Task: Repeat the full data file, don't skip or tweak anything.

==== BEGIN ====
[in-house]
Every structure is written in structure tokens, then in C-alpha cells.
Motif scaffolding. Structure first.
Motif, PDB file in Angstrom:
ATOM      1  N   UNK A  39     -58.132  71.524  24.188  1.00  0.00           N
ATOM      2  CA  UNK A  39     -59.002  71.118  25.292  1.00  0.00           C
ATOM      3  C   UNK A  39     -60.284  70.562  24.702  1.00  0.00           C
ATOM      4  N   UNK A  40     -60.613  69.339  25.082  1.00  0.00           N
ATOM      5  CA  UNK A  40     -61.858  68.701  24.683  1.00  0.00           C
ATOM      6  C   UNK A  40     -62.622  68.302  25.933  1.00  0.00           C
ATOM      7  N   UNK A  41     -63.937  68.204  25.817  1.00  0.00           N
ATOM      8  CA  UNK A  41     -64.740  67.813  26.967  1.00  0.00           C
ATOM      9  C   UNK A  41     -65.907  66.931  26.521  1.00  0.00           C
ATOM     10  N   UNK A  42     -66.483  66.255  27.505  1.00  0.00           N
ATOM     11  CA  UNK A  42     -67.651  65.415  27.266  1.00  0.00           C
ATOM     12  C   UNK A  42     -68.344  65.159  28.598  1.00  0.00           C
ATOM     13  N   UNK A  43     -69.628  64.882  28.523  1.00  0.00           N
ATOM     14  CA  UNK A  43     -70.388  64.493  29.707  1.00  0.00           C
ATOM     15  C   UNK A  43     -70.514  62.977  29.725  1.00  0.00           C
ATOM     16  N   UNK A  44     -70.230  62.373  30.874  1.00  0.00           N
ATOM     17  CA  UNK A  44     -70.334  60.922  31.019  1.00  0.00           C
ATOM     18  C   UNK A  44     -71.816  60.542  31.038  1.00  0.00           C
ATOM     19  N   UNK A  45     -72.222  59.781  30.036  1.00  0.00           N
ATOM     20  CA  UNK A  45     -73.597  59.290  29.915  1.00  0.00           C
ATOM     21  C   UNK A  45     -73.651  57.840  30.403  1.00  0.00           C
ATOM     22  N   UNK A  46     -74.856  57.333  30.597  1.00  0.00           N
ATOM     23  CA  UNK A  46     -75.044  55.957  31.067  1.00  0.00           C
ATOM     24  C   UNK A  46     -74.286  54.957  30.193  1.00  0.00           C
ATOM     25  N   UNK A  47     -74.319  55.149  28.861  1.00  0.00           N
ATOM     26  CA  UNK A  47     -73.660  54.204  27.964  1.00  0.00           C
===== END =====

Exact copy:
[in-house]
Every structure is written in structure tokens, then in C-alpha cells.
Motif scaffolding. Structure first.
Motif, PDB file in Angstrom:
ATOM      1  N   UNK A  39     -58.132  71.524  24.188  1.00  0.00           N
ATOM      2  CA  UNK A  39     -59.002  71.118  25.292  1.00  0.00           C
ATOM      3  C   UNK A  39     -60.284  70.562  24.702  1.00  0.00           C
ATOM      4  N   UNK A  40     -60.613  69.339  25.082  1.00  0.00           N
ATOM      5  CA  UNK A  40     -61.858  68.701  24.683  1.00  0.00           C
ATOM      6  C   UNK A  40     -62.622  68.302  25.933  1.00  0.00           C
ATOM      7  N   UNK A  41     -63.937  68.204  25.817  1.00  0.00           N
ATOM      8  CA  UNK A  41     -64.740  67.813  26.967  1.00  0.00           C
ATOM      9  C   UNK A  41     -65.907  66.931  26.521  1.00  0.00           C
ATOM     10  N   UNK A  42     -66.483  66.255  27.505  1.00  0.00           N
ATOM     11  CA  UNK A  42     -67.651  65.415  27.266  1.00  0.00           C
ATOM     12  C   UNK A  42     -68.344  65.159  28.598  1.00  0.00           C
ATOM     13  N   UNK A  43     -69.628  64.882  28.523  1.00  0.00           N
ATOM     14  CA  UNK A  43     -70.388  64.493  29.707  1.00  0.00           C
ATOM     15  C   UNK A  43     -70.514  62.977  29.725  1.00  0.00           C
ATOM     16  N   UNK A  44     -70.230  62.373  30.874  1.00  0.00           N
ATOM     17  CA  UNK A  44     -70.334  60.922  31.019  1.00  0.00           C
ATOM     18  C   UNK A  44     -71.816  60.542  31.038  1.00  0.00           C
ATOM     19  N   UNK A  45     -72.222  59.781  30.036  1.00  0.00           N
ATOM     20  CA  UNK A  45     -73.597  59.290  29.915  1.00  0.00           C
ATOM     21  C   UNK A  45     -73.651  57.840  30.403  1.00  0.00           C
ATOM     22  N   UNK A  46     -74.856  57.333  30.597  1.00  0.00           N
ATOM     23  CA  UNK A  46     -75.044  55.957  31.067  1.00  0.00           C
ATOM     24  C   UNK A  46     -74.286  54.957  30.193  1.00  0.00           C
ATOM     25  N   UNK A  47     -74.319  55.149  28.861  1.00  0.00           N
ATOM     26  CA  UNK A  47     -73.660  54.204  27.964  1.00  0.00           C